It's hard to imagine life without email spam, but there was a time way back (the mid-90's) when email was so new guerilla marketers didn't even exist. But Ryan Scott saw spam a-coming. At the time, he was an entrepreneur in the field of email marketing and he created the concept of OPT-in to help protect the privacy of individuals on email lists.
He patented the technology of double opt-in (that's when you check a box saying you agree to join an email list and receive a confirmation email in reply). He helped grow the company NetCreations and sold it at the top of the internet bubble in 2001 for a not-so-small fortune. And now we finds himself tackling a new and emergent field -- employee volunteerism.
I had the chance to sit down with Ryan in the offices of his company Causecast
to talk about his new venture and how he seeks to unlock the potential of millions of professionals eager to make a difference in the world. It's called the Employee Impact Platform and it works like this:
A business offers to its employees the option to participate in any number of causes or charities pulled from Causecast's extensive network of thousands of nonprofit organizations. Employees can volunteer, earmark a portion of their paychecks to the cause, or participate in campaigns like fundraising competitions, where they can engage their friends and family on their Facebook or Twitter pages.
Some companies will also offer matching donations or paid volunteer time which can be tracked through Causecast's patent-pending volunteer verification system. Through a nifty dashboard, the employee (and their employer) can keep track of their total net impact, and receive special rewards (like premier parking or a lunch with the boss).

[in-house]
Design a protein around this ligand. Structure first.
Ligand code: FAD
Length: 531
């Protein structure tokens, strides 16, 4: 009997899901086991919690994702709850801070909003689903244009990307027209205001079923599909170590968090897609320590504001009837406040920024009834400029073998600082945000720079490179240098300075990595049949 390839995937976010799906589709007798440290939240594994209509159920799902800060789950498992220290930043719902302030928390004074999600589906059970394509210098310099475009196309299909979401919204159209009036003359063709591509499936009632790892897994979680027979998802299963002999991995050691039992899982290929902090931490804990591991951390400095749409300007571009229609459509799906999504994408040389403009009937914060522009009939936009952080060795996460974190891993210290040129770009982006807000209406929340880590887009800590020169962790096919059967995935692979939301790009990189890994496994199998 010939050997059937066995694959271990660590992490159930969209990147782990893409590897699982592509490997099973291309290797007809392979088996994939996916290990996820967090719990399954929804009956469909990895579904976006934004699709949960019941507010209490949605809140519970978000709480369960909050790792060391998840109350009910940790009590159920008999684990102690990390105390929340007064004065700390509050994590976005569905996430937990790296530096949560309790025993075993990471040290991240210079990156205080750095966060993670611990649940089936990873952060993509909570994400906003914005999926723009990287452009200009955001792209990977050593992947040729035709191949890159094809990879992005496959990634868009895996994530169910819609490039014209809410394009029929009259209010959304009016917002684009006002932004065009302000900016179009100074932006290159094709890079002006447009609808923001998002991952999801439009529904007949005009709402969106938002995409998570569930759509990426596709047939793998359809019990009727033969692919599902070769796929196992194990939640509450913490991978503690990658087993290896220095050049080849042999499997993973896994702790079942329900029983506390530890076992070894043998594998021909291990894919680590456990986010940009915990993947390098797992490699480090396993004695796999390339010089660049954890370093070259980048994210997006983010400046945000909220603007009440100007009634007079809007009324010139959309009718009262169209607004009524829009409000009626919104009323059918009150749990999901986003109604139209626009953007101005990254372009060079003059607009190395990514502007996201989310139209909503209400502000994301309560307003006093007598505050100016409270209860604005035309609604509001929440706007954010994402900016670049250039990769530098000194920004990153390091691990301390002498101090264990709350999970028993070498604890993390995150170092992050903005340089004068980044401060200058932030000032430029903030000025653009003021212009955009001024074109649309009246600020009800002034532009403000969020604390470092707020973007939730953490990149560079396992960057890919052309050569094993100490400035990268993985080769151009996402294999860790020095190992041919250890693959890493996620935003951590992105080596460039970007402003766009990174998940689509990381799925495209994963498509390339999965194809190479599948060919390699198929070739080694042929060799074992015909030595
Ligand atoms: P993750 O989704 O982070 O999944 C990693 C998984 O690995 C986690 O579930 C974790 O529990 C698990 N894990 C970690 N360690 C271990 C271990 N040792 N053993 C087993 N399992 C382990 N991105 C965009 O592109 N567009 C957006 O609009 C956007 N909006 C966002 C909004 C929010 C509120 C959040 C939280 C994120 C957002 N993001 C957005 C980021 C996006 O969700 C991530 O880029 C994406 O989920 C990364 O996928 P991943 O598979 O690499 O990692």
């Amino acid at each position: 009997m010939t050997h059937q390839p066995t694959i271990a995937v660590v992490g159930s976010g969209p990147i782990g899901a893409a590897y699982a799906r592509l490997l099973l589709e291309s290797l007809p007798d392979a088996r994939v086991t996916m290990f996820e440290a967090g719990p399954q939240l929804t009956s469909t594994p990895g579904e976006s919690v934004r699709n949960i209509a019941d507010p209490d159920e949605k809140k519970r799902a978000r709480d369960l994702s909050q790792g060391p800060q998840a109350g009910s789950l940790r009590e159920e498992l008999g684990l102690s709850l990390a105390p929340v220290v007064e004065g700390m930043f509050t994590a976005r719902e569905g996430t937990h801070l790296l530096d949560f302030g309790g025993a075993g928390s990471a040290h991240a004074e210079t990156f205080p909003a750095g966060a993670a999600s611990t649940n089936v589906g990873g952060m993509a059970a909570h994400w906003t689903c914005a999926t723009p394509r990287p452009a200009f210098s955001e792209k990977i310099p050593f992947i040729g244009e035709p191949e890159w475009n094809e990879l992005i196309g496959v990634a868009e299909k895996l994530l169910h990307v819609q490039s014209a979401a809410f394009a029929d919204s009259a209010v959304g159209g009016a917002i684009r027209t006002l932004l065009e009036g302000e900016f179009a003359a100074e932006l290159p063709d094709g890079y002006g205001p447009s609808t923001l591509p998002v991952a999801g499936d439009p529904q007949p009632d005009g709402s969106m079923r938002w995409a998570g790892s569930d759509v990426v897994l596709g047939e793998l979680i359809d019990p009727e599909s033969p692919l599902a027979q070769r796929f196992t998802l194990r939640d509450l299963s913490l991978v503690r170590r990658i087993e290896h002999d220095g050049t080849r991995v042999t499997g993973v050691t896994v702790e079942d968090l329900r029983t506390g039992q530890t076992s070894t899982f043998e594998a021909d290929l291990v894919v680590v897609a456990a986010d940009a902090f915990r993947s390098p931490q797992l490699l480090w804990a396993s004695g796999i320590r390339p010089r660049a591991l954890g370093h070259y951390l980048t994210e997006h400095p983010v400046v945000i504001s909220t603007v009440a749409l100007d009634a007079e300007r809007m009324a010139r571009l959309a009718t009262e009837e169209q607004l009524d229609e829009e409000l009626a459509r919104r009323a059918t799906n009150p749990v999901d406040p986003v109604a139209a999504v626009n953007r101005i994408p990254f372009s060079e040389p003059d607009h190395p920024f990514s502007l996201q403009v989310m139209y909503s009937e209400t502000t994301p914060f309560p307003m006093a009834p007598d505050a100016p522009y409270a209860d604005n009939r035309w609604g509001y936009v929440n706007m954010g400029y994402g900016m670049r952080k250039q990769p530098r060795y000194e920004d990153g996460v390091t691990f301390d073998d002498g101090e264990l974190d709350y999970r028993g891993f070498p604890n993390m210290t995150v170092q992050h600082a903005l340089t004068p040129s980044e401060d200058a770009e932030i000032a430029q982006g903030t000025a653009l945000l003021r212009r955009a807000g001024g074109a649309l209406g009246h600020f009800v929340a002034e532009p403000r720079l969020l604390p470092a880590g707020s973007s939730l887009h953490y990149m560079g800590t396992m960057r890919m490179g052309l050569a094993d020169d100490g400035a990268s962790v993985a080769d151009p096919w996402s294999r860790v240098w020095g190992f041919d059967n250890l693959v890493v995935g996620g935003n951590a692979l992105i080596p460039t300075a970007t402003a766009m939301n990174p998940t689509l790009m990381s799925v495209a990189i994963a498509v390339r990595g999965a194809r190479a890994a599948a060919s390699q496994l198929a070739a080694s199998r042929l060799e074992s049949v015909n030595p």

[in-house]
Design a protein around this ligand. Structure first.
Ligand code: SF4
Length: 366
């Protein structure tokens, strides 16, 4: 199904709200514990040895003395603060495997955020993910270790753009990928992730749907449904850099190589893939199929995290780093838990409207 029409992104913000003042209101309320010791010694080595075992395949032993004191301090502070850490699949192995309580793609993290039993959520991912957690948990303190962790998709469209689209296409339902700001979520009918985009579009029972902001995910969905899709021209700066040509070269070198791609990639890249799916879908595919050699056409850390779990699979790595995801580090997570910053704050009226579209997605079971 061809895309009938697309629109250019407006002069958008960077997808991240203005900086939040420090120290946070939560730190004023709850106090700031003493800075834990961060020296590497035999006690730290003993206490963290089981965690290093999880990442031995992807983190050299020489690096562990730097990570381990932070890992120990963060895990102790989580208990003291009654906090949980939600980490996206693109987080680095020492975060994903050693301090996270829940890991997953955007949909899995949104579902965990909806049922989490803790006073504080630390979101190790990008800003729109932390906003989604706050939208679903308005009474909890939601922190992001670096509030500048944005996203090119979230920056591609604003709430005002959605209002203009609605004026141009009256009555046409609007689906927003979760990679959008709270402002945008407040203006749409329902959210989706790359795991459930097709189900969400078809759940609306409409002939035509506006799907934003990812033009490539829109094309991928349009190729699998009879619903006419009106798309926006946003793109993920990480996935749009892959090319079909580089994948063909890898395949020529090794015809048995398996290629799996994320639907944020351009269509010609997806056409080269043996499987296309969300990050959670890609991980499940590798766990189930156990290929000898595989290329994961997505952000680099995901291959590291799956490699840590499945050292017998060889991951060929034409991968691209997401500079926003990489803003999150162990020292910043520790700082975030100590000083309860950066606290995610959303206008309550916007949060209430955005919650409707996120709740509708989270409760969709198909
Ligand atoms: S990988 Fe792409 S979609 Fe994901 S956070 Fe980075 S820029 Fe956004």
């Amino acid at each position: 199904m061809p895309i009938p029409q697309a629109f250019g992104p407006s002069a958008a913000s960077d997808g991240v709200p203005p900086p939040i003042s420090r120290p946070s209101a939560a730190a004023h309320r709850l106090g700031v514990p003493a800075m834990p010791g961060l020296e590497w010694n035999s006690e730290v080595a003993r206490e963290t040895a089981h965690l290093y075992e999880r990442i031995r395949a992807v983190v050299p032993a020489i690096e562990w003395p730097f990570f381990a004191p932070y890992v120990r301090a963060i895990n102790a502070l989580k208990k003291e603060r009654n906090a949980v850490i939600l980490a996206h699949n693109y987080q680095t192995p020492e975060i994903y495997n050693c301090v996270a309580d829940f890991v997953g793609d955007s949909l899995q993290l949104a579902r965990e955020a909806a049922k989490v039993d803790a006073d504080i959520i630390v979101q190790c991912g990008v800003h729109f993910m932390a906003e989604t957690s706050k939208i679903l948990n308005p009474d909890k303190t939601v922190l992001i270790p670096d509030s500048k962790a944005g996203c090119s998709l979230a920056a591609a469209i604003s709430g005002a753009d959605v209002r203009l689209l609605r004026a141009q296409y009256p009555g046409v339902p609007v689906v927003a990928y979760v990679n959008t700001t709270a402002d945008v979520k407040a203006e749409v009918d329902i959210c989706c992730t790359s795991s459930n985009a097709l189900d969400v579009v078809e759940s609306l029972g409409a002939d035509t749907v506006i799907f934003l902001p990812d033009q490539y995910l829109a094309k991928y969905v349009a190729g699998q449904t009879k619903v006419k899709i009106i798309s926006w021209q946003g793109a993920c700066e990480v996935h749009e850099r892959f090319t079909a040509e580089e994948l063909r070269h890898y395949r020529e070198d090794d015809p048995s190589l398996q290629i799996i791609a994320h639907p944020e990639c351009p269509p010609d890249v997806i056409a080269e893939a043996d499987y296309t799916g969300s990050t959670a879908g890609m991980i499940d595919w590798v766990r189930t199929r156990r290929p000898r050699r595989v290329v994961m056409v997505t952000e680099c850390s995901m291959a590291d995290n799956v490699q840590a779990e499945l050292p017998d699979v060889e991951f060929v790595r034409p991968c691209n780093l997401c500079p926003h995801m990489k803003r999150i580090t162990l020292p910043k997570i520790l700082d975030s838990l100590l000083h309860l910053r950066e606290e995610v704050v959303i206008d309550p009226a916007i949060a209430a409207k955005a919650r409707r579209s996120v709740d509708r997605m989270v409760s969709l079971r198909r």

Why would a company want to get involved in employee activism? Altruism aside, there is a solid business case behind letting people spend time at work engaged in social action. For starters it's great for boosting the brand profile of an organization (all those facebook shares on a campaign are a subtle, yet powerful marketing tool for the company).
But more importantly, employee volunteerism is linked to remarkable increases in job satisfaction -- 64% versus the national average of 29%. Happier employees mean more productivity, reduced absenteeism, and higher retention -- and that translates to real dollars. The CEO Ryan Scott explains:
A company’s best brand ambassadors are its employees. Engaged employees are the most likely to speak highly of their organizations. Employee volunteer programs are one of the most powerful ways to create an engaged workforce and until now its been difficult to run an effective employee volunteer program because of a lack of sophisticated tools.
And the tools Causecast has created are indeed sophisticated. As we spoke, the sound of dozens of rapidly clicking keyboards from an office packed with programmers, provided a backdrop to my whirlwind tour of the Employee Impact Platform. There is some serious technology behind the app. It uses cloud computing to process a huge amount of data; it can be integrated on the company website and accessed via mobile; and it can product detailed reports perfect for impressing upper management. It also allows for more complex operations like team or department competitions.
But the biggest winners here may be the nonprofits. The system is designed to showcase a wide array of nonprofits that do great work but may not have the marketing dollars to promote themselves. And Causecast's donation widget charges nothing to the nonprofit organization (unlike most of the other nonprofit software companies).
With large companies like Hyatt
now adopting employee volunteering programs, Causecast may be in just the perfect position to broker new friendly relationships between the corporate and nonprofit worlds, while inspiring a new generation of digitally empowered "employee activists."